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Davis Calls for an End to Statute of Limitations for Rape

Candidate proposes ending 10-year limit on sexual assault offenses
Mary Tuma, 4:00pm, Fri. Aug. 22
photo by Photo by John Anderson

In accord with her legislative track record of bringing justice to victims of sexual assault, gubernatorial candidate Wendy Davis announced a proposal that would end the statute of limitations for rape and sexual assault offenses in Texas, earlier this week.

"As governor [...] I will classify sexual assault at the same level as other heinous crimes such as murder, manslaughter, and human trafficking, which have no statute of limitations,” said Davis during a press conference in Dallas on Wednesday.

The current statute of limitations for rape in the state is 10 years, meaning after a decade a criminal can evade prosecution. No statute of limitations applies in cases of sexual assault against a child or in cases where tested DNA does not match anyone in the system. The time-restriction on the ability to prosecute, which critics say amounts to assigning an expiration date on the assault, allows some criminals to go unpunished. Davis pointed to several instances of rapists absconding from the crime in Texas, including the case of a Dallas-area man who admitted to kidnapping and raping a woman in 1992, while an innocent man spent 16 years in prison for his crime, before being exonerated by DNA evidence.

The problem is intensified by the high number of untested rape kits sitting on shelves of law enforcement storage facilities. In 2011, the Fort Worth senator authored legislation that helped speed up processing a backlog of roughly 20,000 of these kits statewide, and ensured the kits be brought to the lab by police within 30 days. Davis also proposed a measure to require certification for sexual assault nurse examiners.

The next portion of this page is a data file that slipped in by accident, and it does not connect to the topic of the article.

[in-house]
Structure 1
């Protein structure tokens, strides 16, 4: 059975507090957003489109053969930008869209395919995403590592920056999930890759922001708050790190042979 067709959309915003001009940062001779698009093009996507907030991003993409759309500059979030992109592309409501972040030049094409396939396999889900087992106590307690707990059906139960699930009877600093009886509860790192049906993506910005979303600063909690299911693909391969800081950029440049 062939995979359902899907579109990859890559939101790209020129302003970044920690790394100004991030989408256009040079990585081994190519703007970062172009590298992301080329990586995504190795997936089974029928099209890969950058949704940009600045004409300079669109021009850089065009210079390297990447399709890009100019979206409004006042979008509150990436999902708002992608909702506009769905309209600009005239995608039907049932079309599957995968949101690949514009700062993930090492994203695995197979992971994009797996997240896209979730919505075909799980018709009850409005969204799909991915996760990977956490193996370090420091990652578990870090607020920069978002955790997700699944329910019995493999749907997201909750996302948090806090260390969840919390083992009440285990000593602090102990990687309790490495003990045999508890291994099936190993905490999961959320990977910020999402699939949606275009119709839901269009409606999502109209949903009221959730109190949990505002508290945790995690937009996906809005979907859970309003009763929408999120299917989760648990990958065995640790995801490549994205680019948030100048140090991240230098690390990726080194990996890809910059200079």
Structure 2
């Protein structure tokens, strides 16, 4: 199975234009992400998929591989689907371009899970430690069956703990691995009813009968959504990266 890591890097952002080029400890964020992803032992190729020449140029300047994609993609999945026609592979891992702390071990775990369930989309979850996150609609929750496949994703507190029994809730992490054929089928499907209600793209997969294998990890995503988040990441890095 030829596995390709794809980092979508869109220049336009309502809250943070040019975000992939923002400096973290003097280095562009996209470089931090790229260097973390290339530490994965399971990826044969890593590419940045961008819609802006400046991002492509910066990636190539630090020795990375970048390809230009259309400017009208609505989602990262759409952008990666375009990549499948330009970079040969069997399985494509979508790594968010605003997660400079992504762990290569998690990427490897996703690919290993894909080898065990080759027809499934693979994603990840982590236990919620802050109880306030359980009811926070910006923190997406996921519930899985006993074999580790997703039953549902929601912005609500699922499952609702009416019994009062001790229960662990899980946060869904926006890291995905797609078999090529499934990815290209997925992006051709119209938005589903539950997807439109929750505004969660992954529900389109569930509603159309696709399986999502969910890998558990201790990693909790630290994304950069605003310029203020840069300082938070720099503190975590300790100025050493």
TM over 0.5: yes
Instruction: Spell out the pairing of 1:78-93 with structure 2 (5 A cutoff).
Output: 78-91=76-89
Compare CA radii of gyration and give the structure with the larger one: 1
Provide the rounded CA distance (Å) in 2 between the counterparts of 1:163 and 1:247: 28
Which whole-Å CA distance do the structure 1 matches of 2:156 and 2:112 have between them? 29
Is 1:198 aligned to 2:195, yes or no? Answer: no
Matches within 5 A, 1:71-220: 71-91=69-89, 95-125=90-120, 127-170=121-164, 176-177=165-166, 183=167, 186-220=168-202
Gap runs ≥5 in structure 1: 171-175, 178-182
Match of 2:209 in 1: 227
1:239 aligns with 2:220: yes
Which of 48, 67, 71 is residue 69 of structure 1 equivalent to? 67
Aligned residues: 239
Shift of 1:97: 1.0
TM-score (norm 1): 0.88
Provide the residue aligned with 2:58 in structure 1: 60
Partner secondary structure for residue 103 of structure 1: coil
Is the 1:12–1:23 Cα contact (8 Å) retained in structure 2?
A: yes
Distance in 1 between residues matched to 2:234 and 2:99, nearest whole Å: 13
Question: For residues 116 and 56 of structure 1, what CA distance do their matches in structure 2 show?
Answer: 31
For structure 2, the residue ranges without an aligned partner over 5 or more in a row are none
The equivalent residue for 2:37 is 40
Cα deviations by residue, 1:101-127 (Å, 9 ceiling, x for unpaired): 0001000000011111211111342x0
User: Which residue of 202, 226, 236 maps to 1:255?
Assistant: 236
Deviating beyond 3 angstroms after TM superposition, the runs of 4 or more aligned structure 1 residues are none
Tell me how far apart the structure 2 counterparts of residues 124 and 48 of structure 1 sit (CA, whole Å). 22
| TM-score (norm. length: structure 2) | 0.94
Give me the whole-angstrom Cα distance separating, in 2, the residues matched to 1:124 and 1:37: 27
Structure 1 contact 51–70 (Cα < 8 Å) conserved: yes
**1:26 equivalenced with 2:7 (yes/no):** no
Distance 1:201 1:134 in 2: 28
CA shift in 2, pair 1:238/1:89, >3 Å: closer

During the most recent legislative session, Davis authored a law that would allow sexual assault victims to access care at any hospital, and would require providers to be trained on forensic evidence collection. She also authored legislation that says law enforcement must inform rape survivors about the status of their rape kit testing. There are an estimated 700 untested rape kits in Austin. Nationwide, the Department of Justice estimates some 400,000 rape kits have gone untested.

"While the bills I authored are helping to address the backlog of rape kits, the fact that we would throw survivors' trauma and courage on a shelf for months or years without a second thought is offensive to them and to everything we say we stand for,” said Davis. “But then to turn around and make survivors pay the price for our failure and neglect by denying them justice is almost criminal in itself. Eliminating the statute of limitations for rape will help to ensure these criminals are brought to justice no matter how long ago they committed their crime."

Davis made headlines earlier this month when her first campaign ad depicted her Republican opponent Attorney General Greg Abbott siding with a corporation over a rape victim while serving on the Texas Supreme Court. The Abbott campaign has responded to Davis’ statute of limitations proposal with his own record of defending sexual assault victims: "Victims of sexual assault in Texas have no greater advocate than Greg Abbott, who as Attorney General has spearheaded the arrests of over 4,500 sex offenders and awarded over $1 billion to victims of crimes like sexual assault and domestic violence," Abbott spokesperson Amelia Chasse told the Dallas Morning News.

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